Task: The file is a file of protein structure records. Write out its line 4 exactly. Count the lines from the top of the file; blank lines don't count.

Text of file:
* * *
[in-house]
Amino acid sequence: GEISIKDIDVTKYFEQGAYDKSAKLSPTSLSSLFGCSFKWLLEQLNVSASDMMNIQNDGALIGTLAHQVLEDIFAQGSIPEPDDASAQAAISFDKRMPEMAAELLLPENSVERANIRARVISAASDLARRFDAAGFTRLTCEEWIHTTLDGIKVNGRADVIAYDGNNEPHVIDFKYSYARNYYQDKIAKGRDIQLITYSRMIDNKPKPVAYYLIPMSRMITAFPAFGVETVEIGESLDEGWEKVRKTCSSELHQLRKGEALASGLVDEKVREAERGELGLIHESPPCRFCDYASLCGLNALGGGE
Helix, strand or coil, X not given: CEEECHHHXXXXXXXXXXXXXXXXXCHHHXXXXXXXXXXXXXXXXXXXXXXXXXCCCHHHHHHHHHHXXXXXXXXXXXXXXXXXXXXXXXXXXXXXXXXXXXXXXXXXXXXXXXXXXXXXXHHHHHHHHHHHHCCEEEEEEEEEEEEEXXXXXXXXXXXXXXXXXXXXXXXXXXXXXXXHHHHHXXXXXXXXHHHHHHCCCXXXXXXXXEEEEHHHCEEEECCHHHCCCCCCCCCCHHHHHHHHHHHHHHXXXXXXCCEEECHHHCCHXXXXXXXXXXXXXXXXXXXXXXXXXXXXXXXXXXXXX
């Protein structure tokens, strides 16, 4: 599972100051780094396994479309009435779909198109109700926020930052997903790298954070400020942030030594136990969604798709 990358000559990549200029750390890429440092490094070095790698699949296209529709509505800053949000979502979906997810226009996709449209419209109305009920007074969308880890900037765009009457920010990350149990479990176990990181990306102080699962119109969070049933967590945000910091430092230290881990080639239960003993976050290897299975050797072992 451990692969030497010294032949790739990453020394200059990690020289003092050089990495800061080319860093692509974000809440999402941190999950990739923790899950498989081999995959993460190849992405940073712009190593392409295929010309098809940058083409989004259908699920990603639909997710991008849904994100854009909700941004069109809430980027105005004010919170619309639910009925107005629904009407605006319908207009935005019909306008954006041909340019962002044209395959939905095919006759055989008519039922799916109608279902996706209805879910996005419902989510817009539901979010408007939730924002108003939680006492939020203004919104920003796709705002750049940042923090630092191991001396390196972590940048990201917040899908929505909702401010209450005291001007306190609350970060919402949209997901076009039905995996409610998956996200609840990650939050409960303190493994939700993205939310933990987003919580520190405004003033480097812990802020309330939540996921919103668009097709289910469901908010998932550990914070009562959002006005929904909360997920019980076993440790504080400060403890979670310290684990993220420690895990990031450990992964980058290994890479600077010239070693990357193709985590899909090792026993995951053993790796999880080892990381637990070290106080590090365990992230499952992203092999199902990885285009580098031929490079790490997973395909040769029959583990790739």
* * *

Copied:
């Protein structure tokens, strides 16, 4: 599972100051780094396994479309009435779909198109109700926020930052997903790298954070400020942030030594136990969604798709 990358000559990549200029750390890429440092490094070095790698699949296209529709509505800053949000979502979906997810226009996709449209419209109305009920007074969308880890900037765009009457920010990350149990479990176990990181990306102080699962119109969070049933967590945000910091430092230290881990080639239960003993976050290897299975050797072992 451990692969030497010294032949790739990453020394200059990690020289003092050089990495800061080319860093692509974000809440999402941190999950990739923790899950498989081999995959993460190849992405940073712009190593392409295929010309098809940058083409989004259908699920990603639909997710991008849904994100854009909700941004069109809430980027105005004010919170619309639910009925107005629904009407605006319908207009935005019909306008954006041909340019962002044209395959939905095919006759055989008519039922799916109608279902996706209805879910996005419902989510817009539901979010408007939730924002108003939680006492939020203004919104920003796709705002750049940042923090630092191991001396390196972590940048990201917040899908929505909702401010209450005291001007306190609350970060919402949209997901076009039905995996409610998956996200609840990650939050409960303190493994939700993205939310933990987003919580520190405004003033480097812990802020309330939540996921919103668009097709289910469901908010998932550990914070009562959002006005929904909360997920019980076993440790504080400060403890979670310290684990993220420690895990990031450990992964980058290994890479600077010239070693990357193709985590899909090792026993995951053993790796999880080892990381637990070290106080590090365990992230499952992203092999199902990885285009580098031929490079790490997973395909040769029959583990790739």